England's plans to host the 2009 World Twenty20 could be under threat if the British government stops Zimbabwe cricketers from touring the country.
We haven't yet had to deal with a situation whereby a country isn't allowed by the host nation's government to take part in an ICC event
Zimbabwe's 2009 tour could be scrapped in protest at the regime of President Robert Mugabe.
But any directive to ban Zimbabwe may force the International Cricket Council to move the World Twenty20 event.
"It's a condition of hosting an ICC event that all member teams can play," ICC boss Malcolm Speed told BBC Sport.
"We (the ICC) haven't yet had to deal with a situation whereby a country isn't allowed by the host nation's government to take part in an ICC event.
"If that happens, the board would have to meet and take whatever action it deems necessary.
"However, at the moment all we have are media reports, so I would say that all this remains speculative. The board next meets in March so to suggest what action might be taken would be premature."
England were chosen as hosts of the 2009 World Twenty20 tournament in April 2006.
Downing Street has confirmed talks are planned over whether to ban Zimbabwe from England next year, with a spokesman for Prime Minister Gordon Brown saying: "We'll need to discuss this nearer the time.
"A decision will have to be made about this at some point, but we are not at that point at the moment."
Should the ECB opt to scrap the three-match one-day series without a "clear government directive or instruction", that would be deemed "unacceptable" by the ICC board, says Speed.
The ECB would therefore be obliged to pay Zimbabwe $150,000 (£76,000) per match by way of compensation.
Zimbabwe were originally due to play two Tests along with the three one-dayers at the start of the 2009 English season.
But they have not played Test cricket since September 2005 and the ECB regards a one-day series as unviable.
Chairman Giles Clarke held talks with counterpart Peter Chingoka last month and said in a statement at the time: "These are the normal and regular conversations which take place between the boards in international cricket.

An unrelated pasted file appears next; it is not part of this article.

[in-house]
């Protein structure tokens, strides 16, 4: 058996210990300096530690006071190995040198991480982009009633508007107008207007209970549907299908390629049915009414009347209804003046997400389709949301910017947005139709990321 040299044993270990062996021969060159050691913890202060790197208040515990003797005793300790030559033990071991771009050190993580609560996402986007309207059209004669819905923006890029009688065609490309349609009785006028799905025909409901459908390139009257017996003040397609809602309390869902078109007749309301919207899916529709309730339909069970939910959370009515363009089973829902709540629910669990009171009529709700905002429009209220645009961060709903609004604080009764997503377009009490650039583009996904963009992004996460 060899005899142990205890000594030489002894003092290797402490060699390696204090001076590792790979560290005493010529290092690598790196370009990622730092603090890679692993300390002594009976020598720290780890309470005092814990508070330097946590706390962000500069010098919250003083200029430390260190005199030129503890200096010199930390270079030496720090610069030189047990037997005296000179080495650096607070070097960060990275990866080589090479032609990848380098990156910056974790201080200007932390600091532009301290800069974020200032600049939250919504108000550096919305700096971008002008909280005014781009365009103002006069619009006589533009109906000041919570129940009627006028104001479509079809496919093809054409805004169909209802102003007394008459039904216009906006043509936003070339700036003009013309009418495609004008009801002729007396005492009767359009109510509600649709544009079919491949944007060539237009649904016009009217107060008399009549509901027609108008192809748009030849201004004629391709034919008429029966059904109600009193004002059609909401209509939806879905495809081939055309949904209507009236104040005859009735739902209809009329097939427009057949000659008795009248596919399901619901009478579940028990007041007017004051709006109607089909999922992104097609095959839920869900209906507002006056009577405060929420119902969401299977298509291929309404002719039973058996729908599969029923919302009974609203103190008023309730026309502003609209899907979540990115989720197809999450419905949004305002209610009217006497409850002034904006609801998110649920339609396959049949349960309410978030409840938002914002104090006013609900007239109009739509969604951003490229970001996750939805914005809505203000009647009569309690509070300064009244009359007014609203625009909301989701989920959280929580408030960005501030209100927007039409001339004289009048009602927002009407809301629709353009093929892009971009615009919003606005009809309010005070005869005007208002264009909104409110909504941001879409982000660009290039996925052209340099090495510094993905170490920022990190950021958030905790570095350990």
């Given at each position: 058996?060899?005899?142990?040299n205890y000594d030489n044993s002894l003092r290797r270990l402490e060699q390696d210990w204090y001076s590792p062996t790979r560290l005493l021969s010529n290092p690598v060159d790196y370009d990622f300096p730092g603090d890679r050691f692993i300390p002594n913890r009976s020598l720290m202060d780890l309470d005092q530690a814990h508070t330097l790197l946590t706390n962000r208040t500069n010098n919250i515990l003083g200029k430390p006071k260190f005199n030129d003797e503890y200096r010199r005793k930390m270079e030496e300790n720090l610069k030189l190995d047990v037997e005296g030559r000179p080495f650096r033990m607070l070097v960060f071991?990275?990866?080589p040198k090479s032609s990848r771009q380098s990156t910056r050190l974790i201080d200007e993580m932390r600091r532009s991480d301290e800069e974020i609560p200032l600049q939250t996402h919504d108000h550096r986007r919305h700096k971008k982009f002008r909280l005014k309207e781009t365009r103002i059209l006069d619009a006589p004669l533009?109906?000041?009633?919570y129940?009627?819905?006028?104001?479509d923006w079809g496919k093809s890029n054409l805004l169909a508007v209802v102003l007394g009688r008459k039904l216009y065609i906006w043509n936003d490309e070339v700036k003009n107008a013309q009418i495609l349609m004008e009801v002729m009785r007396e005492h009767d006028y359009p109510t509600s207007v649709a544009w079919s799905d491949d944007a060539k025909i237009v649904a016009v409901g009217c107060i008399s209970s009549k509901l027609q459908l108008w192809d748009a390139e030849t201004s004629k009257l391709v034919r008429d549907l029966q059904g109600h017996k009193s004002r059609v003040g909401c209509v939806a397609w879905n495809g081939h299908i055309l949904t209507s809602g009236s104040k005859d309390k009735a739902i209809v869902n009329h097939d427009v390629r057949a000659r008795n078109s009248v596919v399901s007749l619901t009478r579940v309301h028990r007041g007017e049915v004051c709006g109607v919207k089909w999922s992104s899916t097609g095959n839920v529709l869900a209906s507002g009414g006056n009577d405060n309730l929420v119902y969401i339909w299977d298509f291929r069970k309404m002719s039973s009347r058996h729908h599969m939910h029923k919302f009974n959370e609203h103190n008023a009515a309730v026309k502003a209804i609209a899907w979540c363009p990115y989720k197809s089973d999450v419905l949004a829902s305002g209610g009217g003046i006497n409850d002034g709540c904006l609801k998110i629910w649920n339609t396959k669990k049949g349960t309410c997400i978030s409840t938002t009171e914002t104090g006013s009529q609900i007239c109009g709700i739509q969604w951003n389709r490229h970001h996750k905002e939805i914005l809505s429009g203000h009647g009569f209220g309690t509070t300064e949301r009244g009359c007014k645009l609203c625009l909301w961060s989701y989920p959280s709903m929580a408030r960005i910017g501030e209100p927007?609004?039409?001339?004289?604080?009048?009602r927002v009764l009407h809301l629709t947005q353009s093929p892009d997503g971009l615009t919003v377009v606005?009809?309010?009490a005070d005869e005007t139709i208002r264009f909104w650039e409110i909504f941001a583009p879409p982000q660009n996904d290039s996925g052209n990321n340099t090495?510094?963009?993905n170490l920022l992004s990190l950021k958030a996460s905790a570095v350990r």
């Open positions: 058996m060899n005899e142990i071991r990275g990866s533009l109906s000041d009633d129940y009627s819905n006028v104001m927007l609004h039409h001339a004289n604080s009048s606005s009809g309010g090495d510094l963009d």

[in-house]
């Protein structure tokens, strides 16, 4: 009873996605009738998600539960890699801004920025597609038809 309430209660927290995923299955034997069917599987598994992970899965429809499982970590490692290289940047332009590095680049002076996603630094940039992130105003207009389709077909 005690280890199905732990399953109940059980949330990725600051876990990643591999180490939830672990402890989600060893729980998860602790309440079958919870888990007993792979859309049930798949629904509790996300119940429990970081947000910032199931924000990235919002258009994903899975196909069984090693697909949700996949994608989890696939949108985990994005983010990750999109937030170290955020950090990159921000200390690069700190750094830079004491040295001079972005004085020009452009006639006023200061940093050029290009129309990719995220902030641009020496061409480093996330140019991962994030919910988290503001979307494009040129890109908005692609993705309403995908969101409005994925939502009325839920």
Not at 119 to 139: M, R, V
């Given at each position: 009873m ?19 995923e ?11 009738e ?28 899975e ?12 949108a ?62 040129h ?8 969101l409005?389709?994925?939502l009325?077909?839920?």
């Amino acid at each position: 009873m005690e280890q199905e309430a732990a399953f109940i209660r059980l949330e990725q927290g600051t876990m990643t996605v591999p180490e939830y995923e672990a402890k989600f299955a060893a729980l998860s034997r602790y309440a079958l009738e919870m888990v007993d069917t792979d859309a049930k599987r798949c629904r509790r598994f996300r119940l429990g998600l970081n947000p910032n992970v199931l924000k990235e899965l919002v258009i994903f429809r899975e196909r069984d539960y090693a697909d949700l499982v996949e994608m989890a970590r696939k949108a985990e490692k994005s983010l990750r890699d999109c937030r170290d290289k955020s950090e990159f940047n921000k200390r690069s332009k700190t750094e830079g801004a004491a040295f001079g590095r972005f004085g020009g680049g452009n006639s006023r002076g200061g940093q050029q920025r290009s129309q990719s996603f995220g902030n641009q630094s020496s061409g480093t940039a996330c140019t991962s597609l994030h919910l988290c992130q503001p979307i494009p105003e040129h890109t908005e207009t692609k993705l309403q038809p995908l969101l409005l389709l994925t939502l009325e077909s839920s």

Zimbabwe's 2003 tour led to protests at Lord's
"The summer of 2009 is exciting for the ECB but it also has some logistical issues which need to be resolved."
The ECB declined to comment on any ongoing discussions with the government about the one-day series, but a spokesman indicated they were expecting Zimbabwe to take part in the World Twenty20.
"We are a member of the ICC, are hosting the tournament and it's been on the schedule for many, many months," media relations general manager Andrew Walpole told BBC Sport.
"It would be safe to assume that the fact that we bid for the tournament, which is an ICC event, means we will abide by any protocols set by the ICC."
Matches against Zimbabwe have been a thorny subject for the ECB over the past five years.
In 2003, placard-bearing protesters opposed to the regime of Mugabe managed to hold up a news conference at Lord's by gaining access to the ground.
And the ECB paid around £135,000 in March 2005 to resolve a year-long row over the cancellation of a Test tour to Zimbabwe the previous year.
Under previous Prime Minister Tony Blair the government stopped short of banning the England team from touring Zimbabwe or vice versa.
It would be safe to assume that the fact that we bid for the tournament means we will abide by any protocols set by the ICC
ECB media relations general manager Andrew Walpole
But Mr Brown signalled his intent to take a tougher line when he stayed away from last month's European Union-Africa summit in Portugal because Mugabe was attending.
Conservative foreign affairs spokesman David Lidington said it was right the government was prepared to take "serious steps" against Zimbabwe, though Ed Davey, for the Liberal Democrats, called on the prime minister to ensure England is not "punished financially for making the right choice".
The ECB faces a headache in 2009 as it needs to fit seven Test matches and 10 one-day internationals into the schedule, as well as the World Twenty20.
Five of those Tests and seven of the one-day matches are against Australia in the second half of the season.
If Zimbabwe were to visit to play only the three one-day games, a third side would have to be called in for the early-season Tests.